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Gear update for October 2013

Zoom R8

Some fairly major changes have happened recently concerning the gear I own now.

2003 Schecter C-1 Classic: Gone.

Yep, sold. Been wanting to do this for years and finally got around to it. I didn't make much, but that's okay. The new owner is very happy with it.

2012 Fender Modern Player Stratocaster HSS: Gone.

This one was traded out. I just never took a liking to this guitar no matter how much I wanted to like it.

Small side note: While the Modern Player Strat HSS gets a "it's okay" review by most people, those who buy the Modern Player Telecaster Plus have nothing but wonderful things to say about it. For whatever reason, Fender is doing Telecasters a lot better than Stratocasters these days. I don't know why exactly, but the Teles always get the more favorable reviews over the Strats.

Officially, I now own 6 guitars, 4 of which are in good working order. The ones that work are my '89 Squier II, 2010 Bullet Strat, 2005 Yamaha RBX170 bass and 2012 Epi Les Paul. The ones that don't work are the '93 Fender USA Standard Stratocaster (the truss rod is busted in the neck), and the Squier Bullet HH which is in pieces that I'm parting out and selling on eBay.

Concerning the '93 USA Strat, eventually I will get a replacement USA neck for it. I just don't feel like spending the $400 to get one (especially since I really don't need it right now). Yeah, I could put a Mexican neck on it and save money that way, but it's a USA guitar, so I'd prefer to have a USA neck on it.

In other words, the '93 USA Strat is the "I'll get to it when I get to it" guitar. 🙂 In addition to the new neck, a new pickup and control set would be going in as well. Around $500 or $600 worth of stuff all together. I'll get to it eventually.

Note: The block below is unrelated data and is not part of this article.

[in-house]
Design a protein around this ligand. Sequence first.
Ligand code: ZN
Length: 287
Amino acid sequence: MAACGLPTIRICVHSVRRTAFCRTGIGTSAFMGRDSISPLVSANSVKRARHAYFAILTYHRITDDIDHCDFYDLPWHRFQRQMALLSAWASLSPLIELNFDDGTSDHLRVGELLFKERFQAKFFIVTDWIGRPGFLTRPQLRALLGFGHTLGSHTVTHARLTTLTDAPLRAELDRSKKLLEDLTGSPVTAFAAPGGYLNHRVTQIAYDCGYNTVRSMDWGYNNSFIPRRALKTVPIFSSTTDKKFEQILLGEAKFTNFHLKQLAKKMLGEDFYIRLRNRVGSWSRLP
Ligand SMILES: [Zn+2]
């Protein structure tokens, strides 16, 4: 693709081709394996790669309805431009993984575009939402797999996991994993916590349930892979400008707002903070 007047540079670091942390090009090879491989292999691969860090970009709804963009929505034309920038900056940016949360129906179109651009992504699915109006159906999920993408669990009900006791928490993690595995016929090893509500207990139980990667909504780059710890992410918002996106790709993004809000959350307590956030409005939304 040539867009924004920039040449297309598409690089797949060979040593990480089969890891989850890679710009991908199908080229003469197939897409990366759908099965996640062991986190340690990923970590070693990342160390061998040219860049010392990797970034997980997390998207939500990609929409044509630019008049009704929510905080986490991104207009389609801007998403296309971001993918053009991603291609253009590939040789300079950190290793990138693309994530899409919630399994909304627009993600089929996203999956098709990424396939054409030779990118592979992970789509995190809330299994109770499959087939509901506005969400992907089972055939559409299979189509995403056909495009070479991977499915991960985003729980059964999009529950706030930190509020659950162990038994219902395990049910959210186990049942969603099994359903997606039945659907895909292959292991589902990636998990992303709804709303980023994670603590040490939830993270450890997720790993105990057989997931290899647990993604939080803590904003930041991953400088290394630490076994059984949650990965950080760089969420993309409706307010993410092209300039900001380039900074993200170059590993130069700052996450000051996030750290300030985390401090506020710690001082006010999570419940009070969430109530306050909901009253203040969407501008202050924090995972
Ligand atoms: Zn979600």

Soon-to-be-gone: DigiTech GSP 1101, Tascam DP-008, BOSS DR-3 and Behringer Xenyx mixer

I bought something recently that for me replaces all of those things, a Zoom R8.

Had I known what the R8 was capable of beforehand, I never would have bought the Tascam or the DR-3.

I will have a full review on the R8 soon, but what I can say about it now is that when you use one of those, you literally need nothing else. It has a full effects unit in it with amp modeling, distortion, overdrive, flanger, phaser, delay, wah, reverb, booster, noise reduction filter and more. It has its own drum machine in it. It has a looper. It has 6-band EQ. It is a sampler. There's a lot more to it, but WOW is this thing full of features.

The R8 is the first multi-track I've ever used where you can literally plug in a guitar dry and the unit has enough in it to make any guitar or bass sound great. And with XLR inputs, using a microphone is easy too.

I only have three complaints about the R8. It feels cheap and plasticy, the pad buttons feel weird and it is one of those "submenu hell" type of units (meaning it has a bit of learning curve). But other than that, the R8 does everything right. It is the ultimate sleeper when it comes to home recording.

I'll put it another way. Imagine for a moment if there was one unit you could use where it simply did everything where you need no effect external effect pedals, no mixer, had its own drum machine and all you had to do was plug in a guitar dry and start recording. That's the R8.

Oh, and bonus: No power supply needed. It's powered 100% by USB, which means a cable to the laptop or PC is all that's needed to power it up.

The R8 is not marketed as a multi-track recorder but rather more of an interface. Believe me, it is WAY more than an interface and can do the job on its own in fine style.

More to come on the R8 soon. Possibly with video.

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Best ZOOM R8 tutorial book
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